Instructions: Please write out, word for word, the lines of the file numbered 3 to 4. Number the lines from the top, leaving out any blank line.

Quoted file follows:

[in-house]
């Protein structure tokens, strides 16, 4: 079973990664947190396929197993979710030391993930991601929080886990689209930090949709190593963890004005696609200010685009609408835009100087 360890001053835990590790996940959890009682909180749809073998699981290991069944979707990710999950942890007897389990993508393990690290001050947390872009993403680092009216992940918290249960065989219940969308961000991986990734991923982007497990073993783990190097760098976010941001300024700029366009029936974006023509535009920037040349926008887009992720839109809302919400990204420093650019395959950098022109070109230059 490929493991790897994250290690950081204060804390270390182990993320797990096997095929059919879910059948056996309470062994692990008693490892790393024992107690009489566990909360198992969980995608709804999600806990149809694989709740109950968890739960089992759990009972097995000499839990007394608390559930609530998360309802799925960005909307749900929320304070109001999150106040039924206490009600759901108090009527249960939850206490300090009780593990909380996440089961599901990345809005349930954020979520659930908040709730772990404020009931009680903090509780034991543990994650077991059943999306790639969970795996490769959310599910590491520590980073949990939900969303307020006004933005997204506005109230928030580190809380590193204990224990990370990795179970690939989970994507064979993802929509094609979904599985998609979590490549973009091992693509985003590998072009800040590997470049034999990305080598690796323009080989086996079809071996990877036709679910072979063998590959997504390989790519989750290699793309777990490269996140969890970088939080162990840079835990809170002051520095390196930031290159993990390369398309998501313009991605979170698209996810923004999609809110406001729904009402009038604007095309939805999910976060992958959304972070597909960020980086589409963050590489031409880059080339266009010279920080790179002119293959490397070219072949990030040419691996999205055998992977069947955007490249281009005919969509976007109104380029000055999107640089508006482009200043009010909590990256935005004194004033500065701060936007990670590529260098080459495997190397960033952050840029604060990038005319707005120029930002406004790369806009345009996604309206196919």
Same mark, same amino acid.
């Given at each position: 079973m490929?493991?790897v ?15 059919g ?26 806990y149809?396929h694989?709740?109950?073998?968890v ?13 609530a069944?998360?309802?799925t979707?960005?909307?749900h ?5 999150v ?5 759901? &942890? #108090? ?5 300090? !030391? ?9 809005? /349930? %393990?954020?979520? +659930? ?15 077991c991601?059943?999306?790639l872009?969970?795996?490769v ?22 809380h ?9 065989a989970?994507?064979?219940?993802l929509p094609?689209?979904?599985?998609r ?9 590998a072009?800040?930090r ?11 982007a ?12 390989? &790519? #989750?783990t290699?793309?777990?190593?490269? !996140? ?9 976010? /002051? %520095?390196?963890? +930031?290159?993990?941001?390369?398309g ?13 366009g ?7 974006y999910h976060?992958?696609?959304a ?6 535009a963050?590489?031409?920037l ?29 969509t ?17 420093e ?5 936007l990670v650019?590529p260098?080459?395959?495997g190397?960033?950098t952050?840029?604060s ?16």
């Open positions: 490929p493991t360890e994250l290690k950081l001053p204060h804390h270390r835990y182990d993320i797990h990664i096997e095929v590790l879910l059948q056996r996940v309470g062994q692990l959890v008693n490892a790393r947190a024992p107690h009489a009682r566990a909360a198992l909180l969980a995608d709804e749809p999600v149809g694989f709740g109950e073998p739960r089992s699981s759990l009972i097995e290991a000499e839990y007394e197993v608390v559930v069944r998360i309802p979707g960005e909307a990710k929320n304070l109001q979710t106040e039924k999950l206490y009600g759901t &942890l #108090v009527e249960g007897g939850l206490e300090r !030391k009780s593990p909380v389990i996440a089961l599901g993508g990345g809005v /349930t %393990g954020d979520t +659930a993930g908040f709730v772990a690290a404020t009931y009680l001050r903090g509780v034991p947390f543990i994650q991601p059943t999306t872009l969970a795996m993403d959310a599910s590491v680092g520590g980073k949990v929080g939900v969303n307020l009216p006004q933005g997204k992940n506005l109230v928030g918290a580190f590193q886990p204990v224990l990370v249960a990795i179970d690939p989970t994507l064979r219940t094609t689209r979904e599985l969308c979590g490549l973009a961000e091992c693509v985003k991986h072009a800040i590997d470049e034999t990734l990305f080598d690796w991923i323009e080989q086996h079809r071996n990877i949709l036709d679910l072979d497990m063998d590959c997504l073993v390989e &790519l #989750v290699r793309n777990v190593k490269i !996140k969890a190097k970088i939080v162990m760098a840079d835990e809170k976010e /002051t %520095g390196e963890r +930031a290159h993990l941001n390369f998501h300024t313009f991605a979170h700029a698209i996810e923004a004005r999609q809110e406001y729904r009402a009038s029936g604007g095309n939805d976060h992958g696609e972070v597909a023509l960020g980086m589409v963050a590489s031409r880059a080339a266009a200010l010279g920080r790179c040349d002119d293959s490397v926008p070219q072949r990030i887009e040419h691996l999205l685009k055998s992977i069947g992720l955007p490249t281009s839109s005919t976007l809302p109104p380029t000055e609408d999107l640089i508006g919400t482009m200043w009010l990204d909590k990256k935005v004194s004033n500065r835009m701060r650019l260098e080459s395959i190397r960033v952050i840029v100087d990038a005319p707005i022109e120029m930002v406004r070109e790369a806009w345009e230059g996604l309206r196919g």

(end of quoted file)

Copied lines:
Same mark, same amino acid.
């Given at each position: 079973m490929?493991?790897v ?15 059919g ?26 806990y149809?396929h694989?709740?109950?073998?968890v ?13 609530a069944?998360?309802?799925t979707?960005?909307?749900h ?5 999150v ?5 759901? &942890? #108090? ?5 300090? !030391? ?9 809005? /349930? %393990?954020?979520? +659930? ?15 077991c991601?059943?999306?790639l872009?969970?795996?490769v ?22 809380h ?9 065989a989970?994507?064979?219940?993802l929509p094609?689209?979904?599985?998609r ?9 590998a072009?800040?930090r ?11 982007a ?12 390989? &790519? #989750?783990t290699?793309?777990?190593?490269? !996140? ?9 976010? /002051? %520095?390196?963890? +930031?290159?993990?941001?390369?398309g ?13 366009g ?7 974006y999910h976060?992958?696609?959304a ?6 535009a963050?590489?031409?920037l ?29 969509t ?17 420093e ?5 936007l990670v650019?590529p260098?080459?395959?495997g190397?960033?950098t952050?840029?604060s ?16």